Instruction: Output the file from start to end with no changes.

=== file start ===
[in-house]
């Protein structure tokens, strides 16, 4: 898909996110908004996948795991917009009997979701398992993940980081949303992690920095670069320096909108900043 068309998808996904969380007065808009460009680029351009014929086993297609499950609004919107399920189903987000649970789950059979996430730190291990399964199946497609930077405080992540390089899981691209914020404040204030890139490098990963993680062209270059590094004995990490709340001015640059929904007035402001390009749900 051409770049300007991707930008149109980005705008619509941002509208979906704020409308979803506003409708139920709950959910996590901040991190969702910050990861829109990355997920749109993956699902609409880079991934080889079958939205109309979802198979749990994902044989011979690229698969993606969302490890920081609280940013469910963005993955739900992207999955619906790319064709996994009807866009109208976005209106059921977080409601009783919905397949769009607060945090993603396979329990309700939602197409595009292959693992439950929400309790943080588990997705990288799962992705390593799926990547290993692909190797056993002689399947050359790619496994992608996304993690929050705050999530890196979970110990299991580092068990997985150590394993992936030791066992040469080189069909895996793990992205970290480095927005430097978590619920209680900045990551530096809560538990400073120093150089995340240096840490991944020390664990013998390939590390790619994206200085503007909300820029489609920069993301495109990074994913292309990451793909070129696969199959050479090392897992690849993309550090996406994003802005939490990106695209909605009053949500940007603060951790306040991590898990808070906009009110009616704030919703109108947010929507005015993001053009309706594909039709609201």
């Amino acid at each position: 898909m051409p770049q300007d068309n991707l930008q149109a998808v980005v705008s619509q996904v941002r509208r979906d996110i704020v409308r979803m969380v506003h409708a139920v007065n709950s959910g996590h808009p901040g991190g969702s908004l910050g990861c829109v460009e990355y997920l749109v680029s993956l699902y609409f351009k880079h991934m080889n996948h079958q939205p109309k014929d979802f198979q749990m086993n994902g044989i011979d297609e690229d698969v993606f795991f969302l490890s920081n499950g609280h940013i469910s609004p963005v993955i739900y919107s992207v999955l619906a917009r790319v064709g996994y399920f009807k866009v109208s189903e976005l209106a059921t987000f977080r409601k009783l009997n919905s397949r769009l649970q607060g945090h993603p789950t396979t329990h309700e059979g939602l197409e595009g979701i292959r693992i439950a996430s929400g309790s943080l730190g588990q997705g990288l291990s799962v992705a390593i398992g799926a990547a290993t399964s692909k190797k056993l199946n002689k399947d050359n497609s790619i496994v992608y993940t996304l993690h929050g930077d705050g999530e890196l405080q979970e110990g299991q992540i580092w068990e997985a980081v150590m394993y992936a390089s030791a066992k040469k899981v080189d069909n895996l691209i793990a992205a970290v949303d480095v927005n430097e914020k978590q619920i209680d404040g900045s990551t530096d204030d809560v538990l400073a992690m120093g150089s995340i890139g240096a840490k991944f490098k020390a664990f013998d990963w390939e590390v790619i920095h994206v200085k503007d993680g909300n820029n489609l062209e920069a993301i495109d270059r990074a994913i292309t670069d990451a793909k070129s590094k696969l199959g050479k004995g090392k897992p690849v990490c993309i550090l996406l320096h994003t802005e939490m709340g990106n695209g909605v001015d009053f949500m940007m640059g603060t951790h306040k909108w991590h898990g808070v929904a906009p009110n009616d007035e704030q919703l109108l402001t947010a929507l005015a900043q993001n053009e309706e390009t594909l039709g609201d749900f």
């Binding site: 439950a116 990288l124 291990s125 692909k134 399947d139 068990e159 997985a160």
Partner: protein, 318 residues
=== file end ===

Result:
[in-house]
């Protein structure tokens, strides 16, 4: 898909996110908004996948795991917009009997979701398992993940980081949303992690920095670069320096909108900043 068309998808996904969380007065808009460009680029351009014929086993297609499950609004919107399920189903987000649970789950059979996430730190291990399964199946497609930077405080992540390089899981691209914020404040204030890139490098990963993680062209270059590094004995990490709340001015640059929904007035402001390009749900 051409770049300007991707930008149109980005705008619509941002509208979906704020409308979803506003409708139920709950959910996590901040991190969702910050990861829109990355997920749109993956699902609409880079991934080889079958939205109309979802198979749990994902044989011979690229698969993606969302490890920081609280940013469910963005993955739900992207999955619906790319064709996994009807866009109208976005209106059921977080409601009783919905397949769009607060945090993603396979329990309700939602197409595009292959693992439950929400309790943080588990997705990288799962992705390593799926990547290993692909190797056993002689399947050359790619496994992608996304993690929050705050999530890196979970110990299991580092068990997985150590394993992936030791066992040469080189069909895996793990992205970290480095927005430097978590619920209680900045990551530096809560538990400073120093150089995340240096840490991944020390664990013998390939590390790619994206200085503007909300820029489609920069993301495109990074994913292309990451793909070129696969199959050479090392897992690849993309550090996406994003802005939490990106695209909605009053949500940007603060951790306040991590898990808070906009009110009616704030919703109108947010929507005015993001053009309706594909039709609201």
């Amino acid at each position: 898909m051409p770049q300007d068309n991707l930008q149109a998808v980005v705008s619509q996904v941002r509208r979906d996110i704020v409308r979803m969380v506003h409708a139920v007065n709950s959910g996590h808009p901040g991190g969702s908004l910050g990861c829109v460009e990355y997920l749109v680029s993956l699902y609409f351009k880079h991934m080889n996948h079958q939205p109309k014929d979802f198979q749990m086993n994902g044989i011979d297609e690229d698969v993606f795991f969302l490890s920081n499950g609280h940013i469910s609004p963005v993955i739900y919107s992207v999955l619906a917009r790319v064709g996994y399920f009807k866009v109208s189903e976005l209106a059921t987000f977080r409601k009783l009997n919905s397949r769009l649970q607060g945090h993603p789950t396979t329990h309700e059979g939602l197409e595009g979701i292959r693992i439950a996430s929400g309790s943080l730190g588990q997705g990288l291990s799962v992705a390593i398992g799926a990547a290993t399964s692909k190797k056993l199946n002689k399947d050359n497609s790619i496994v992608y993940t996304l993690h929050g930077d705050g999530e890196l405080q979970e110990g299991q992540i580092w068990e997985a980081v150590m394993y992936a390089s030791a066992k040469k899981v080189d069909n895996l691209i793990a992205a970290v949303d480095v927005n430097e914020k978590q619920i209680d404040g900045s990551t530096d204030d809560v538990l400073a992690m120093g150089s995340i890139g240096a840490k991944f490098k020390a664990f013998d990963w390939e590390v790619i920095h994206v200085k503007d993680g909300n820029n489609l062209e920069a993301i495109d270059r990074a994913i292309t670069d990451a793909k070129s590094k696969l199959g050479k004995g090392k897992p690849v990490c993309i550090l996406l320096h994003t802005e939490m709340g990106n695209g909605v001015d009053f949500m940007m640059g603060t951790h306040k909108w991590h898990g808070v929904a906009p009110n009616d007035e704030q919703l109108l402001t947010a929507l005015a900043q993001n053009e309706e390009t594909l039709g609201d749900f």
């Binding site: 439950a116 990288l124 291990s125 692909k134 399947d139 068990e159 997985a160």
Partner: protein, 318 residues